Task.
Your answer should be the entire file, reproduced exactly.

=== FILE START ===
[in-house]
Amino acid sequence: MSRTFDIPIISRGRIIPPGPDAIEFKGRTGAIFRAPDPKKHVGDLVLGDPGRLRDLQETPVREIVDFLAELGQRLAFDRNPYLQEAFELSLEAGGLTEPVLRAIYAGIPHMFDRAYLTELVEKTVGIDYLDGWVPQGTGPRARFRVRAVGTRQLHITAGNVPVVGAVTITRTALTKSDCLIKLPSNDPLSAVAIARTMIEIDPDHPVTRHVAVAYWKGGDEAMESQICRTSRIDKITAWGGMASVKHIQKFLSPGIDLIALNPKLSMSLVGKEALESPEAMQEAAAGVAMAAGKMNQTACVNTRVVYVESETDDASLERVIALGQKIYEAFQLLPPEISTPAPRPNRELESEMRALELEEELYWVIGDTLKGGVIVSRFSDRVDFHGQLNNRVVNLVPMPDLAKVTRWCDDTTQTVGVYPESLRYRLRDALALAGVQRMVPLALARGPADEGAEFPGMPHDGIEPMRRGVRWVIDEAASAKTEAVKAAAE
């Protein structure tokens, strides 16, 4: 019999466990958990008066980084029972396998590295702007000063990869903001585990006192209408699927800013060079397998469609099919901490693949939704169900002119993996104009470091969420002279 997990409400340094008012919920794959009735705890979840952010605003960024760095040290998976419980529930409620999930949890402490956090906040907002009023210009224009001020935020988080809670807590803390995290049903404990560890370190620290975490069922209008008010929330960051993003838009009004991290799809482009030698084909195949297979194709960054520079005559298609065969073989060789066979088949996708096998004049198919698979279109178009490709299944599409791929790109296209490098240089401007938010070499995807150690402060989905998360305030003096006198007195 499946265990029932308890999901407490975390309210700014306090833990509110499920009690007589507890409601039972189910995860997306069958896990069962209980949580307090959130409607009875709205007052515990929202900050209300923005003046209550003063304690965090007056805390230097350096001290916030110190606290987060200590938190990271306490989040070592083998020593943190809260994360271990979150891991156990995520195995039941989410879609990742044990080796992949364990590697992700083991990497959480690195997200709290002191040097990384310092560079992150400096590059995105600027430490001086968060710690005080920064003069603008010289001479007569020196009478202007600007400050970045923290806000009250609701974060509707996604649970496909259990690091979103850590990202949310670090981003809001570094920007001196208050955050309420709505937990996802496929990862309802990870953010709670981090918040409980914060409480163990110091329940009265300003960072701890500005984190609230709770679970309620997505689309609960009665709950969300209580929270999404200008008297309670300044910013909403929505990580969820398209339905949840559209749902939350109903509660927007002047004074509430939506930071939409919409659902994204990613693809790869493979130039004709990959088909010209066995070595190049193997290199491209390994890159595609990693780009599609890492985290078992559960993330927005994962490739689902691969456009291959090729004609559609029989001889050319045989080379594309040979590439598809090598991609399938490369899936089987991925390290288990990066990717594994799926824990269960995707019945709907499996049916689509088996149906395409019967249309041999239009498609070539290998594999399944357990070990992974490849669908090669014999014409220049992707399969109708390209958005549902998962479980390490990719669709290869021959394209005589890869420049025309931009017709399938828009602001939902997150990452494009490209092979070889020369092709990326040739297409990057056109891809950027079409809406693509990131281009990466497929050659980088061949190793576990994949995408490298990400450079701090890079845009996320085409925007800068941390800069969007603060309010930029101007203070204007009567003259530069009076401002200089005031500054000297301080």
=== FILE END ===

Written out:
[in-house]
Amino acid sequence: MSRTFDIPIISRGRIIPPGPDAIEFKGRTGAIFRAPDPKKHVGDLVLGDPGRLRDLQETPVREIVDFLAELGQRLAFDRNPYLQEAFELSLEAGGLTEPVLRAIYAGIPHMFDRAYLTELVEKTVGIDYLDGWVPQGTGPRARFRVRAVGTRQLHITAGNVPVVGAVTITRTALTKSDCLIKLPSNDPLSAVAIARTMIEIDPDHPVTRHVAVAYWKGGDEAMESQICRTSRIDKITAWGGMASVKHIQKFLSPGIDLIALNPKLSMSLVGKEALESPEAMQEAAAGVAMAAGKMNQTACVNTRVVYVESETDDASLERVIALGQKIYEAFQLLPPEISTPAPRPNRELESEMRALELEEELYWVIGDTLKGGVIVSRFSDRVDFHGQLNNRVVNLVPMPDLAKVTRWCDDTTQTVGVYPESLRYRLRDALALAGVQRMVPLALARGPADEGAEFPGMPHDGIEPMRRGVRWVIDEAASAKTEAVKAAAE
């Protein structure tokens, strides 16, 4: 019999466990958990008066980084029972396998590295702007000063990869903001585990006192209408699927800013060079397998469609099919901490693949939704169900002119993996104009470091969420002279 997990409400340094008012919920794959009735705890979840952010605003960024760095040290998976419980529930409620999930949890402490956090906040907002009023210009224009001020935020988080809670807590803390995290049903404990560890370190620290975490069922209008008010929330960051993003838009009004991290799809482009030698084909195949297979194709960054520079005559298609065969073989060789066979088949996708096998004049198919698979279109178009490709299944599409791929790109296209490098240089401007938010070499995807150690402060989905998360305030003096006198007195 499946265990029932308890999901407490975390309210700014306090833990509110499920009690007589507890409601039972189910995860997306069958896990069962209980949580307090959130409607009875709205007052515990929202900050209300923005003046209550003063304690965090007056805390230097350096001290916030110190606290987060200590938190990271306490989040070592083998020593943190809260994360271990979150891991156990995520195995039941989410879609990742044990080796992949364990590697992700083991990497959480690195997200709290002191040097990384310092560079992150400096590059995105600027430490001086968060710690005080920064003069603008010289001479007569020196009478202007600007400050970045923290806000009250609701974060509707996604649970496909259990690091979103850590990202949310670090981003809001570094920007001196208050955050309420709505937990996802496929990862309802990870953010709670981090918040409980914060409480163990110091329940009265300003960072701890500005984190609230709770679970309620997505689309609960009665709950969300209580929270999404200008008297309670300044910013909403929505990580969820398209339905949840559209749902939350109903509660927007002047004074509430939506930071939409919409659902994204990613693809790869493979130039004709990959088909010209066995070595190049193997290199491209390994890159595609990693780009599609890492985290078992559960993330927005994962490739689902691969456009291959090729004609559609029989001889050319045989080379594309040979590439598809090598991609399938490369899936089987991925390290288990990066990717594994799926824990269960995707019945709907499996049916689509088996149906395409019967249309041999239009498609070539290998594999399944357990070990992974490849669908090669014999014409220049992707399969109708390209958005549902998962479980390490990719669709290869021959394209005589890869420049025309931009017709399938828009602001939902997150990452494009490209092979070889020369092709990326040739297409990057056109891809950027079409809406693509990131281009990466497929050659980088061949190793576990994949995408490298990400450079701090890079845009996320085409925007800068941390800069969007603060309010930029101007203070204007009567003259530069009076401002200089005031500054000297301080």